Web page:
The Canson company stems from a family tradition spanning several centuries. Jean Montgolfier, taken prisoner during the crusades in Damascus, would have, in the 12th century, learned to make paper. After his escape, he would have brought the secret to Europe, would have settled in the production of paper, in order to replace parchment.
In 1557, while François de Guise armed a troop to take back the kingdom of Naples from the Spaniards, at a time when tensions reigned between Catholics and Protestants, Jacques Montgolfier, Ambert's stationer, left his native Auvergne to settle in Beaujolais.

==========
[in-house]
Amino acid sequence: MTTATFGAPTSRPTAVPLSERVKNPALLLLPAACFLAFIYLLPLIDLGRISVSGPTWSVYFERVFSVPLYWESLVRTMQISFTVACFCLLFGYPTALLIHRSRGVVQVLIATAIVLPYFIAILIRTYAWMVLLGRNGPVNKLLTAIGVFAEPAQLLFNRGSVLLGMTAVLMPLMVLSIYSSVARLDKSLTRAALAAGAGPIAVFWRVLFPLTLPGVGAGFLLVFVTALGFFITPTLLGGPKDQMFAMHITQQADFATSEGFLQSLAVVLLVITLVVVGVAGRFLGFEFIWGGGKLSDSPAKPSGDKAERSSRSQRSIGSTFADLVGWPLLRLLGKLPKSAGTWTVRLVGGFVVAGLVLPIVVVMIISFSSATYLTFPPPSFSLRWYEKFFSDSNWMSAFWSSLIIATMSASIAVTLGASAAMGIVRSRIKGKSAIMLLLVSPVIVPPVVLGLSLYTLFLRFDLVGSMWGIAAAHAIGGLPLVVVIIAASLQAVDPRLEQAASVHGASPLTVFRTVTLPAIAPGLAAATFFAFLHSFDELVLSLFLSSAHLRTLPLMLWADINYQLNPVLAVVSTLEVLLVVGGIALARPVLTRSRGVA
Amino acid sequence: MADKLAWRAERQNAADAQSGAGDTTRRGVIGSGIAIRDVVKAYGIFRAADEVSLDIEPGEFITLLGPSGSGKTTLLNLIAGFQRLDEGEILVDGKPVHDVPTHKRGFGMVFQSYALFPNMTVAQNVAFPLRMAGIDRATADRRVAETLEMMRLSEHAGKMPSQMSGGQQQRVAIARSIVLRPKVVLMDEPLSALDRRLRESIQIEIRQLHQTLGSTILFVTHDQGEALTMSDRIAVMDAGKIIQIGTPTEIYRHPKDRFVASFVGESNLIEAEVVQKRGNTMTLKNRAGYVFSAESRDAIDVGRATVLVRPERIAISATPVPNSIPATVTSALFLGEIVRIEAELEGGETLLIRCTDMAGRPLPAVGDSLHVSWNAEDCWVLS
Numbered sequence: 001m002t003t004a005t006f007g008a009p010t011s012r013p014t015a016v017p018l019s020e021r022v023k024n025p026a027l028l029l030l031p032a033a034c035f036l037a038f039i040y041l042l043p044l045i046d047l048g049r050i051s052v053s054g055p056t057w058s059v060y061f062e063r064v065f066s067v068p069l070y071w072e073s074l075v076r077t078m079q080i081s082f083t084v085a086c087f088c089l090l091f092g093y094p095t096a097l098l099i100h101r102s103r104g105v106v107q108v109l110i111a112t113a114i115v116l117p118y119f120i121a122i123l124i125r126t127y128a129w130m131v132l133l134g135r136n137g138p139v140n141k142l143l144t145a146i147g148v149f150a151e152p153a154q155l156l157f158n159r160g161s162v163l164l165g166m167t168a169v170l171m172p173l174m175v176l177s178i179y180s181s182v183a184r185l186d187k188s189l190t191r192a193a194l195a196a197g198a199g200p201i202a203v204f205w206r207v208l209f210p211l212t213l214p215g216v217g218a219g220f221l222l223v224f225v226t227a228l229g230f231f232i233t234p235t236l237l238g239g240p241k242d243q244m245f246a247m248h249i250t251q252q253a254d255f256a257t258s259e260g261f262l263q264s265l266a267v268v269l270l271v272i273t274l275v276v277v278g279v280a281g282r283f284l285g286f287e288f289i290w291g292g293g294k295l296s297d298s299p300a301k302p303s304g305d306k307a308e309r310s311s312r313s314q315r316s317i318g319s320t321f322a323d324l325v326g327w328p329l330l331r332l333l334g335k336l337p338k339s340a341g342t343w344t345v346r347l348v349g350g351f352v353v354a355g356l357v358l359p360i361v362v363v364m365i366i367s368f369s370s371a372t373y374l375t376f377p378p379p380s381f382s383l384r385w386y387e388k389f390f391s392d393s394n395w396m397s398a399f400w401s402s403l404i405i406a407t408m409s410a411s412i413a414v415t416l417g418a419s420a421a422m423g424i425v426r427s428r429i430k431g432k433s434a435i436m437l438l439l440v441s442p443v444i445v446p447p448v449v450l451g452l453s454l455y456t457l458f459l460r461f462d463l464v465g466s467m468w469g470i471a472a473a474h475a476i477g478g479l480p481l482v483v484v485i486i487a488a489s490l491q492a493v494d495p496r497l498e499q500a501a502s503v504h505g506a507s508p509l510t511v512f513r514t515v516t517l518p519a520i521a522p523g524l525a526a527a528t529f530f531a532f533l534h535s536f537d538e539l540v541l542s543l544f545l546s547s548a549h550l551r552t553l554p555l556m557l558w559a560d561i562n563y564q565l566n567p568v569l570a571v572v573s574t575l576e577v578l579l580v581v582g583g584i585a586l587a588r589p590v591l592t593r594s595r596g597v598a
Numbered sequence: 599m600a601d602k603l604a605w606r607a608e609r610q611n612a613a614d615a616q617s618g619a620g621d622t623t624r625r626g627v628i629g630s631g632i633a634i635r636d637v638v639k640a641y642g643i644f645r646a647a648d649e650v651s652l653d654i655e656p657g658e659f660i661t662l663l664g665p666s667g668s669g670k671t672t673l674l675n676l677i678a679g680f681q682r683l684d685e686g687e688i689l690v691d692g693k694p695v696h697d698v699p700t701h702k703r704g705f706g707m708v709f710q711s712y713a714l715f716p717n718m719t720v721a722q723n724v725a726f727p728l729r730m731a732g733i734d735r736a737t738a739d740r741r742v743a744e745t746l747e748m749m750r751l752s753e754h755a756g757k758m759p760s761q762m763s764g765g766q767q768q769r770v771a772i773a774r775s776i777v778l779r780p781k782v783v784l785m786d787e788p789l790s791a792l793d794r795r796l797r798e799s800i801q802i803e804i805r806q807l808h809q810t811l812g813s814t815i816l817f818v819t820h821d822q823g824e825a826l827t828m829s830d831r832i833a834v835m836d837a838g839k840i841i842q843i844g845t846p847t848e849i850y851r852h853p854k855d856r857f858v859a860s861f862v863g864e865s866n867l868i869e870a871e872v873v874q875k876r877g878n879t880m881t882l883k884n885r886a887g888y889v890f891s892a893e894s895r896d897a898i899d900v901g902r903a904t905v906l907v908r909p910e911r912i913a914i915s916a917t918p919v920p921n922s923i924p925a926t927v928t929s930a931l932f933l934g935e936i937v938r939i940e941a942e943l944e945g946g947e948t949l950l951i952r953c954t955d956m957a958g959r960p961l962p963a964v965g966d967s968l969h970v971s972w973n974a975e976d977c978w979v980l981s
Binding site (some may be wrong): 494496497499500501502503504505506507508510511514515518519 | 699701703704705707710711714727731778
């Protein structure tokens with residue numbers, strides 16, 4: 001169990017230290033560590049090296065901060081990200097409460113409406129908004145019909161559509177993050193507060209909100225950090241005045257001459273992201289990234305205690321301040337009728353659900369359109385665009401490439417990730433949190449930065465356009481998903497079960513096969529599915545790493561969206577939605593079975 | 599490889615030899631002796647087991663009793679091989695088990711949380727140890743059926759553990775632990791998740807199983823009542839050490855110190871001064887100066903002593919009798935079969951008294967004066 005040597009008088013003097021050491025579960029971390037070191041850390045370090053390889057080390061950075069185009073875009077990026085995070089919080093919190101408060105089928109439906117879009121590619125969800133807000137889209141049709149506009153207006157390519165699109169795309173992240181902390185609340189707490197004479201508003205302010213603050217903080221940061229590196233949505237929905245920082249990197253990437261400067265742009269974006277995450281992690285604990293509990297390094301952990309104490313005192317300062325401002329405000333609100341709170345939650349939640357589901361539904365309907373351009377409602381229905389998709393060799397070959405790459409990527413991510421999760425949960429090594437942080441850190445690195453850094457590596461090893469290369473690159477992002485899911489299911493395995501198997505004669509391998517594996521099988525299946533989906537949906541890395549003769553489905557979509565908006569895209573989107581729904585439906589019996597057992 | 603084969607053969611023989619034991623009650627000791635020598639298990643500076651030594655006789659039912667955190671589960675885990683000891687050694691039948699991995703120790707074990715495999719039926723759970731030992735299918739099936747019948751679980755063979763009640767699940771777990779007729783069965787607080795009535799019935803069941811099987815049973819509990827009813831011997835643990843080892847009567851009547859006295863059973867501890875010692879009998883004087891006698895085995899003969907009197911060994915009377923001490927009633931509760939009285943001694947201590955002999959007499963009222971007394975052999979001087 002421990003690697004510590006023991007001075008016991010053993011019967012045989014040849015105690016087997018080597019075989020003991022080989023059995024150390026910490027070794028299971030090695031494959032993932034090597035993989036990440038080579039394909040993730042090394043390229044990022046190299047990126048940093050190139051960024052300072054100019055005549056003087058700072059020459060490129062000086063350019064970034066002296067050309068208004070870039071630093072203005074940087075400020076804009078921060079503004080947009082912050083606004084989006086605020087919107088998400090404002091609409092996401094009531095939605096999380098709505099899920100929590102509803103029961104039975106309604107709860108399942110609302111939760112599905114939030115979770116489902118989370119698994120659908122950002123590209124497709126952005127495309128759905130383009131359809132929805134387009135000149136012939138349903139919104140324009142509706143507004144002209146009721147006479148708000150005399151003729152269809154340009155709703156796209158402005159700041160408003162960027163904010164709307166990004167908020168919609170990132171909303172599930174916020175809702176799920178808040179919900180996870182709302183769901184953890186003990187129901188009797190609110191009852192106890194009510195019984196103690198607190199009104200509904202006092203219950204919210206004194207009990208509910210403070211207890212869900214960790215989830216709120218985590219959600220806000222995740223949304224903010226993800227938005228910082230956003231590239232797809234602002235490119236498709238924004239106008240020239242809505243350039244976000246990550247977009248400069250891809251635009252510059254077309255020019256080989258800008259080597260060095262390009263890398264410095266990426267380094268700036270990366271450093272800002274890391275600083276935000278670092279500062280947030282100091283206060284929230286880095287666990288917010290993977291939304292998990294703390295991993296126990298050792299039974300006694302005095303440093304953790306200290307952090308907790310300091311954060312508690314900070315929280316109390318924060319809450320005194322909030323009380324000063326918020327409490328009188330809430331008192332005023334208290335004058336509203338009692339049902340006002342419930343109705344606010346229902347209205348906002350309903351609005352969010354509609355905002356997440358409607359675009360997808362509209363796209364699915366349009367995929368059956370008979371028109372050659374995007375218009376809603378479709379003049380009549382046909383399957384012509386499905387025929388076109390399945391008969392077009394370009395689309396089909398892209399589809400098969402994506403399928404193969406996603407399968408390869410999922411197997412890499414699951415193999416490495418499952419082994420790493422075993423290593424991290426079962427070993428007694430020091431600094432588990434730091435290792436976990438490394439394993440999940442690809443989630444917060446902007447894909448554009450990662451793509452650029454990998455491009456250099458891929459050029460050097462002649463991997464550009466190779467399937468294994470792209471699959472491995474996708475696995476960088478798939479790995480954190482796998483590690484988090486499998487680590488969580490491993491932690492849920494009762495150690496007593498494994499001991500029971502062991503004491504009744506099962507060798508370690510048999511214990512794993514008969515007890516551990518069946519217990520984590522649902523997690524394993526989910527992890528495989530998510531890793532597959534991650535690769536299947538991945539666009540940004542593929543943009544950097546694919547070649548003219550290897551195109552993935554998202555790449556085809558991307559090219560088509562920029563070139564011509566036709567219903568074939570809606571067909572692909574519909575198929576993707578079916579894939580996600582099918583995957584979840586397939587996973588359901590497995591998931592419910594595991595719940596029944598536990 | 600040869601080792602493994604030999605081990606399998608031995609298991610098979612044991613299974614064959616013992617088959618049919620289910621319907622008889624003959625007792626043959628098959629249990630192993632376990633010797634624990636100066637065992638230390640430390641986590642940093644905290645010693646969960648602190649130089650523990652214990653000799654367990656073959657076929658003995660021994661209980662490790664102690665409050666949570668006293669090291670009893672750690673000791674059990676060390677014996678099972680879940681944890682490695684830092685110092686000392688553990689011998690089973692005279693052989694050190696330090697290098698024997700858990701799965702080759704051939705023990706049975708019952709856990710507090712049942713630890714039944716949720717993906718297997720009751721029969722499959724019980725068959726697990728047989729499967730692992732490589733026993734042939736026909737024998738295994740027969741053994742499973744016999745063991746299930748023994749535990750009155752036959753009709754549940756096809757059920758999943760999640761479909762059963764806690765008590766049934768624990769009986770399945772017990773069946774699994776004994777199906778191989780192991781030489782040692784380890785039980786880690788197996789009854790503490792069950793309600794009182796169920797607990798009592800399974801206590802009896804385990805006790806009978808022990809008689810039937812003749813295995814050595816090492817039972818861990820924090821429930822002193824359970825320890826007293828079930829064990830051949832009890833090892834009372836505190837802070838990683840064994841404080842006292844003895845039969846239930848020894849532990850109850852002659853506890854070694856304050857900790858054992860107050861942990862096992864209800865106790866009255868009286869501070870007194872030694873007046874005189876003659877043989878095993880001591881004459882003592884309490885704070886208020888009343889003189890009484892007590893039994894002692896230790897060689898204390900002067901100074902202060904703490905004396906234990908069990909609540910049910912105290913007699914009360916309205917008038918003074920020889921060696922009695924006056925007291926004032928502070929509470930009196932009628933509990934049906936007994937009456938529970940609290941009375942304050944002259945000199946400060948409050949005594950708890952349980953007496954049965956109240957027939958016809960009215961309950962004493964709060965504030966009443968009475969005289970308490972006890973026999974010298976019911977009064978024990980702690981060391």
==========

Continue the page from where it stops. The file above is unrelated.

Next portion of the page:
This was the start of the geographical expansion of this family which, for several centuries, created a large number of paper mills.
CANSON papers are still made in France with a quality recognized by all artists around the world.
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